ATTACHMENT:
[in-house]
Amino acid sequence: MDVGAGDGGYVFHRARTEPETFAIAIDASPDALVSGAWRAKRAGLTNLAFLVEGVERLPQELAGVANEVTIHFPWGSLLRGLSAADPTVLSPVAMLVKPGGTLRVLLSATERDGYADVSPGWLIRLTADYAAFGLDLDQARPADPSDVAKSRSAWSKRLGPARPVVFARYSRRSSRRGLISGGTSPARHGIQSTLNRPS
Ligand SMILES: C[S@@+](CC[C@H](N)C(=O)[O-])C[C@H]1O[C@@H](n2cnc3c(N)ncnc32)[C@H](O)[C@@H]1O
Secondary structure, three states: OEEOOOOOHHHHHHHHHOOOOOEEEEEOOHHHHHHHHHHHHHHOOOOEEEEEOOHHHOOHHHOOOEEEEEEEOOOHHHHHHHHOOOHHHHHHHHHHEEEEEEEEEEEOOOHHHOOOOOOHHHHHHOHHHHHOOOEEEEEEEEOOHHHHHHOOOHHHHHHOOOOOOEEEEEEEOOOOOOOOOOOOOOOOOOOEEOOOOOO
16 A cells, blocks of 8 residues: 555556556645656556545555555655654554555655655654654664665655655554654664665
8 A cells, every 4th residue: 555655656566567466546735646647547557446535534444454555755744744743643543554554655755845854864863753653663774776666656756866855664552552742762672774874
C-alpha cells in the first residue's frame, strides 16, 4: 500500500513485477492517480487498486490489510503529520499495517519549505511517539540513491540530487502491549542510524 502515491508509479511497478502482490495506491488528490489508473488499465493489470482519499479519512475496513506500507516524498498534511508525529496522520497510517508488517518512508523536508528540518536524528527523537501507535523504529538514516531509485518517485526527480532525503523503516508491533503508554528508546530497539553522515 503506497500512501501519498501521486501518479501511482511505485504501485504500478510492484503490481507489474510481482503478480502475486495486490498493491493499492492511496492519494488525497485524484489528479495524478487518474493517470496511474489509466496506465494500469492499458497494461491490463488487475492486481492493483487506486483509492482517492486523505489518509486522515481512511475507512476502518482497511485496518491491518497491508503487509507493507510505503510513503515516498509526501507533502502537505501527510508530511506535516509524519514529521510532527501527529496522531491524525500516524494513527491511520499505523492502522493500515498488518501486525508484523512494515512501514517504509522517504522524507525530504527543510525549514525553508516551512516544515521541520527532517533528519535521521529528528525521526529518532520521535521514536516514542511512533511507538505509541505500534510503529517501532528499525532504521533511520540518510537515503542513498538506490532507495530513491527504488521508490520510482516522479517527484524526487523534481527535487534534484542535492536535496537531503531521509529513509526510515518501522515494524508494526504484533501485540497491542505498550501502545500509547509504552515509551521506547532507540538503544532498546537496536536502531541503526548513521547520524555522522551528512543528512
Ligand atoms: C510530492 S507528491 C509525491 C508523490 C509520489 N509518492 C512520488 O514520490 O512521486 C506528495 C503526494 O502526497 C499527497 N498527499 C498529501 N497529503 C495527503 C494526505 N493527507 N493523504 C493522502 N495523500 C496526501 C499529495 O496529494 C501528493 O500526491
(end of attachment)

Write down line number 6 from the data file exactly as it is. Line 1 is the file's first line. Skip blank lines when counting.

8 A cells, every 4th residue: 555655656566567466546735646647547557446535534444454555755744744743643543554554655755845854864863753653663774776666656756866855664552552742762672774874